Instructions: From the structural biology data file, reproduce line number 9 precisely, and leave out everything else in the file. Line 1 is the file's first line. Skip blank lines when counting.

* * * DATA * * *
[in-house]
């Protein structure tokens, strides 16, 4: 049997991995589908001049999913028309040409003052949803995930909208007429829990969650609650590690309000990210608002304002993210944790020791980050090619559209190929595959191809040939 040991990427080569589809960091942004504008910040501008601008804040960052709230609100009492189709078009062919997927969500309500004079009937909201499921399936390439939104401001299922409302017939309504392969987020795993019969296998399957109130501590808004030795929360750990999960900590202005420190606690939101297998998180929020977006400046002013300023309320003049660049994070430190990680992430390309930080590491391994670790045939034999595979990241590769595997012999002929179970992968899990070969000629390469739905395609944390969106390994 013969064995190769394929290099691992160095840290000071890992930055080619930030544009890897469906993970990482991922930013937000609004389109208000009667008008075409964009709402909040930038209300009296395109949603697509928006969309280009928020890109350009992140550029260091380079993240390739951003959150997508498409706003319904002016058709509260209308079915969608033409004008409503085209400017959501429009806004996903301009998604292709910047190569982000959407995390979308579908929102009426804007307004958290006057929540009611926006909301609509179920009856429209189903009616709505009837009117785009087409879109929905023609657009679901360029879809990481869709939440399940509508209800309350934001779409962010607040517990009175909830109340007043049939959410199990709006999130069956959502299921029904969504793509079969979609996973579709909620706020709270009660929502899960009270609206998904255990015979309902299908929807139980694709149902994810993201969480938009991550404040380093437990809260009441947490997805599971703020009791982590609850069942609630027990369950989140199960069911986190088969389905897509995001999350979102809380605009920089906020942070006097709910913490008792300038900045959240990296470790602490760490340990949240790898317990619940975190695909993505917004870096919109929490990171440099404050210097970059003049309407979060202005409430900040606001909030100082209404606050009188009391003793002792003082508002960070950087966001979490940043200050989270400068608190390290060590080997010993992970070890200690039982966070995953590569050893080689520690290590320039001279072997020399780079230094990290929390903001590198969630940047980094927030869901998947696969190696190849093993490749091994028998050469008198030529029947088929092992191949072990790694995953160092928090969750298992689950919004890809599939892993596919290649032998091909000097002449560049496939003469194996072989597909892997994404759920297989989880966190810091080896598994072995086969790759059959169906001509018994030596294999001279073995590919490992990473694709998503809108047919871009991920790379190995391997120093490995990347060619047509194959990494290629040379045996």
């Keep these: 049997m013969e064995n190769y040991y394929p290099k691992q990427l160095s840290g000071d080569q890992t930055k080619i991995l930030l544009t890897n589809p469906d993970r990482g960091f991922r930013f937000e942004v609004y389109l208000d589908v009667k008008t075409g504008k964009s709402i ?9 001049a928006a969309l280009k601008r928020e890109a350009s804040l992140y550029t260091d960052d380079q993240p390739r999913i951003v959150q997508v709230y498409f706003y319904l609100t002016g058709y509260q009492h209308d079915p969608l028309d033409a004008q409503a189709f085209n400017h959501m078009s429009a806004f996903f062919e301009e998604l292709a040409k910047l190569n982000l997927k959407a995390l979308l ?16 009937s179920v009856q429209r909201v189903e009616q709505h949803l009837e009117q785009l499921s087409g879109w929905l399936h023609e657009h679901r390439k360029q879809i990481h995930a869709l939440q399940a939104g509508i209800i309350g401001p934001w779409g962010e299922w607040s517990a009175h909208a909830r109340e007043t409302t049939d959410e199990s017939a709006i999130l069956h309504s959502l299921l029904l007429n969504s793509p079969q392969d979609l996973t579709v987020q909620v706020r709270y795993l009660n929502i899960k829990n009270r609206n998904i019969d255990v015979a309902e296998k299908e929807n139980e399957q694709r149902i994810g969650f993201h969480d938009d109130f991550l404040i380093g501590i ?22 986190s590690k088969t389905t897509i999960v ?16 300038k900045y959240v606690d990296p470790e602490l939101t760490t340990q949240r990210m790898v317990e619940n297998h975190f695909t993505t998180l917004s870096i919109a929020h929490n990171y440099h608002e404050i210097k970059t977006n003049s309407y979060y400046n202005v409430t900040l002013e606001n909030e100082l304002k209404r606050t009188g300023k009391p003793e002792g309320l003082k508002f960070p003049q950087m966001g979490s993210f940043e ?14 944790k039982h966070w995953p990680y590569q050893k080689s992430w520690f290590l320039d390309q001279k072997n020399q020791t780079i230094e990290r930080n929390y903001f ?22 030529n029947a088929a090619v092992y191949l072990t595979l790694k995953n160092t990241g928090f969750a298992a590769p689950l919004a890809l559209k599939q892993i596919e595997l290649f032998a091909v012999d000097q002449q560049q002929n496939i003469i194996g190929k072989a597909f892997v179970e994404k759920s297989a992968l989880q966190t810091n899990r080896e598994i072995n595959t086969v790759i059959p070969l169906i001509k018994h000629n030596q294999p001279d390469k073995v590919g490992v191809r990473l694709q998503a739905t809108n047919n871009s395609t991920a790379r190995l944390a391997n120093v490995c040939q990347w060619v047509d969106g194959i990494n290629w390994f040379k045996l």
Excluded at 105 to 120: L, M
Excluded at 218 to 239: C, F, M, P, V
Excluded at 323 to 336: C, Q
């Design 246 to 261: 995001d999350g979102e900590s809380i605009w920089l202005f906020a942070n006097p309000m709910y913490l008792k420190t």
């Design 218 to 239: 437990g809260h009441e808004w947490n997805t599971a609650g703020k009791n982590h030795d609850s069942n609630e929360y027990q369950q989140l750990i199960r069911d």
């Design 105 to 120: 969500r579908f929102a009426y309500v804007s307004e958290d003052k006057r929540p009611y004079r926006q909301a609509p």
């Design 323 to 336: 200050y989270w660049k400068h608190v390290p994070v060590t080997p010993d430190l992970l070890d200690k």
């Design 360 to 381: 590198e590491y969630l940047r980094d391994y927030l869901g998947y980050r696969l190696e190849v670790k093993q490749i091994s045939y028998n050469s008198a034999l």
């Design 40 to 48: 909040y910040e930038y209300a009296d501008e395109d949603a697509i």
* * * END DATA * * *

């Design 105 to 120: 969500r579908f929102a009426y309500v804007s307004e958290d003052k006057r929540p009611y004079r926006q909301a609509p």